Sports medicine, for athletes ranging from weekend warriors to World-Class Olympians, has proven to be another area where pharmacy compounding has shown to be very useful. For example, compounded medications can be used to treat sports-related pain, inflammation, muscle spasms, bacterial/fungal infections, and neuralgia. In addition, compounded medications can help treat excessive sweating, can be used for pre-game rubs, and can be used with iontophoresis and phonophoresis technologies, which are used to enhance drug penetration through the skin. Compounded medications allow personalized treatment and the options are unlimited as formulations are customizable in terms of dosage, method of administration, the number of active ingredients, absorption, and more.
Many preparations are commercially available to help manage pain, inflammation, and muscle spasms, but they can cause undesirable side effects. However, these medications, when used topically, can provide better therapeutic benefit with fewer unwanted side effects.
Treatment options may include:
- Topical NSAIDs such as ibuprofen
- Topical anesthetics such as LET gel (lidocaine, epinephrine, tetracaine)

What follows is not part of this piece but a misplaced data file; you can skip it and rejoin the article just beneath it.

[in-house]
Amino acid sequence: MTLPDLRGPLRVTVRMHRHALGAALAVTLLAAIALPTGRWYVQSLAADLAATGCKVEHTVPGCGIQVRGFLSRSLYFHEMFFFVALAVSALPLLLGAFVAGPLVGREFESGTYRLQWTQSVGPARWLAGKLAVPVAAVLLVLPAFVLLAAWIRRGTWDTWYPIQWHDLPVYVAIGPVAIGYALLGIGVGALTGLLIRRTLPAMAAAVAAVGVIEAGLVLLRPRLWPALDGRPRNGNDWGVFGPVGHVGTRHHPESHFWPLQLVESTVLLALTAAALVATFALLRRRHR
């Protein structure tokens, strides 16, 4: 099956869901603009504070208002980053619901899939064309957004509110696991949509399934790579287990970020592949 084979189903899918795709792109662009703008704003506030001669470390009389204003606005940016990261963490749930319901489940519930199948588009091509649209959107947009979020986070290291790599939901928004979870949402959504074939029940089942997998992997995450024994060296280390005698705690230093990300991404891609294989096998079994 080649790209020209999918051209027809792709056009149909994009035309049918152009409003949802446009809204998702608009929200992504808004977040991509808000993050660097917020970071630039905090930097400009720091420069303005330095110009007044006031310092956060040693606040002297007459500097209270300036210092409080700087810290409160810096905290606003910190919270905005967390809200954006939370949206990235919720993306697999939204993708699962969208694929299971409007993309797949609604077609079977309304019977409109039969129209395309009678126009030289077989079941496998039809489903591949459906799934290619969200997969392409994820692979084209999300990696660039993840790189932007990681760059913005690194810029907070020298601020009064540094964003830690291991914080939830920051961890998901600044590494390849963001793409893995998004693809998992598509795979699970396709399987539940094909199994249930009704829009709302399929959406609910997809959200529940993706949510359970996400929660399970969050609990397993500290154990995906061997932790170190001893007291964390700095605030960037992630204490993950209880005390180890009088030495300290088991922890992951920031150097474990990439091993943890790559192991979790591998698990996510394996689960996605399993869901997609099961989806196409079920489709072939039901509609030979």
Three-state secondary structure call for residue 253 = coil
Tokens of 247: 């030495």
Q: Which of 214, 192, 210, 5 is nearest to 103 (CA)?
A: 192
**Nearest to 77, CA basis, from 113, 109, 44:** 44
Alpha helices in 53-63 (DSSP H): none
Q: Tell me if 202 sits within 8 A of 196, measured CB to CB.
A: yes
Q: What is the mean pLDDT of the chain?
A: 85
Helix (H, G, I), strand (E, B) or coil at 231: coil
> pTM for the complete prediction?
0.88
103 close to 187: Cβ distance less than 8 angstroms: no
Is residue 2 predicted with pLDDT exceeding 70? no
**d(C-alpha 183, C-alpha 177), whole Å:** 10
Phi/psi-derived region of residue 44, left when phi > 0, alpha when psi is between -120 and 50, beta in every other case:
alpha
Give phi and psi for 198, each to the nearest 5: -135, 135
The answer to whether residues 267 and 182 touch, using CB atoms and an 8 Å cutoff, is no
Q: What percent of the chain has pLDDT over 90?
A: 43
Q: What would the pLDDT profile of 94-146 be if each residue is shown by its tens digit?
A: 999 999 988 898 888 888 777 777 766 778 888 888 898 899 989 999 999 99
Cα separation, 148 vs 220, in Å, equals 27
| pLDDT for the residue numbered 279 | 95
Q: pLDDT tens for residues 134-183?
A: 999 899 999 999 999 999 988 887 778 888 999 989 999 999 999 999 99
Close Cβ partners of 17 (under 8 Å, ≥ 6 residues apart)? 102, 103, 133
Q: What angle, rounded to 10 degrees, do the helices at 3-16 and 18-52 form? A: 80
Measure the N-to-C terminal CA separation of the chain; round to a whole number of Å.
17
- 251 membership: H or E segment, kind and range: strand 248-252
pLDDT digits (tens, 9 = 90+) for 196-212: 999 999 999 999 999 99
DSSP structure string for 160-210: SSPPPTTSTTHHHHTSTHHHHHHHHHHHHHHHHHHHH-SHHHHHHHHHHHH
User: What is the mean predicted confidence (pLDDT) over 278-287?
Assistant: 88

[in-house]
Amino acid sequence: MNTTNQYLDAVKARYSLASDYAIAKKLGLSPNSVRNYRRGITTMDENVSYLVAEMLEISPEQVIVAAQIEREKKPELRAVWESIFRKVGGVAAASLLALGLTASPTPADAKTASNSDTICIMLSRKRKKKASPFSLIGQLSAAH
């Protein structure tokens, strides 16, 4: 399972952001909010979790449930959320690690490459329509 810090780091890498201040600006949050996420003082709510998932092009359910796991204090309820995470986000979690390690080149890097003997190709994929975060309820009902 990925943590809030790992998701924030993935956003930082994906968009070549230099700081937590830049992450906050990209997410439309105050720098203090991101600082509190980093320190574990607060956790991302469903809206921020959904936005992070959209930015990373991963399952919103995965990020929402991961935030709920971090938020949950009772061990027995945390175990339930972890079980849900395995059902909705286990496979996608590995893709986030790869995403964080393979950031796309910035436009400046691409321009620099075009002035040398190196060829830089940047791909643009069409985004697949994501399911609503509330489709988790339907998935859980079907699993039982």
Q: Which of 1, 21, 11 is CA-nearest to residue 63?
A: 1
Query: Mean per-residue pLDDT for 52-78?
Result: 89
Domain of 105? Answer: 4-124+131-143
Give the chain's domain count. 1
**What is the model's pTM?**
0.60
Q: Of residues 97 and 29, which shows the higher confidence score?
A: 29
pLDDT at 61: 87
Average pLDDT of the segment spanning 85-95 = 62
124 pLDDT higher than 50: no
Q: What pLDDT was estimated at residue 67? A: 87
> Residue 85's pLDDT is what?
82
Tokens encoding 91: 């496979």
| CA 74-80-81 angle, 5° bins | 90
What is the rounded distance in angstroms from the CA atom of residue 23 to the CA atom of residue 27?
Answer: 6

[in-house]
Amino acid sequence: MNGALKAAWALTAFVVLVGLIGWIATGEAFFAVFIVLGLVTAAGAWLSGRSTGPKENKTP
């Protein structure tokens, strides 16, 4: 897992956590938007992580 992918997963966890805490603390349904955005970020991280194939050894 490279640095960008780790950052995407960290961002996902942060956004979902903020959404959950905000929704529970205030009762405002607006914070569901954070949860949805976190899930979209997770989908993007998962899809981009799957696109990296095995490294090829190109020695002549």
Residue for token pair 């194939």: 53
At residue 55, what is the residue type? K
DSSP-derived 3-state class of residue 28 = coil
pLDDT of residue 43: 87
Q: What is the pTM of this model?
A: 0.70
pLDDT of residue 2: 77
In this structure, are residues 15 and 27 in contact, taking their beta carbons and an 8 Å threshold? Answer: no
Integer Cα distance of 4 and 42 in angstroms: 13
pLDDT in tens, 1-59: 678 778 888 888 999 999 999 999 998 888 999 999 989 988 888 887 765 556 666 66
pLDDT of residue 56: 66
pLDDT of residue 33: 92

- Medications for iontophoresis and phonophoresis such as steroids, dexamethasone, NSAIDS, local anesthetics, salicylates, and individual substances such as zinc oxide, iodine, acetic acid, and calcium chloride
- Medications used for pre-game rubs such as emu oil and anti-spasmodic drugs
- Medications for excessive sweating
- Nutritional Supplements
- Rehydration Drinks
Reviewed: September 22, 2014
- Updated: October 15, 2018
- Reviewed by: Beth Bolt, RPh
- References: Nina Rogers & Kate Rowland. An alternative to oral NSAIDs -acute musculoskeletal injuries. J Fam Pract. Mar 2011; 60(3): 147-48.Lacerations. The Merck Manuel. Merck Sharp & Dohme Corp., Whitehouse Station, N.J. 2014.3) Tiziano Marovino. Iontophoresis in Pain Management. Vertical Health Media.
- Source: RxWiki
- Managing Editor: Anyssa Garza, PharmD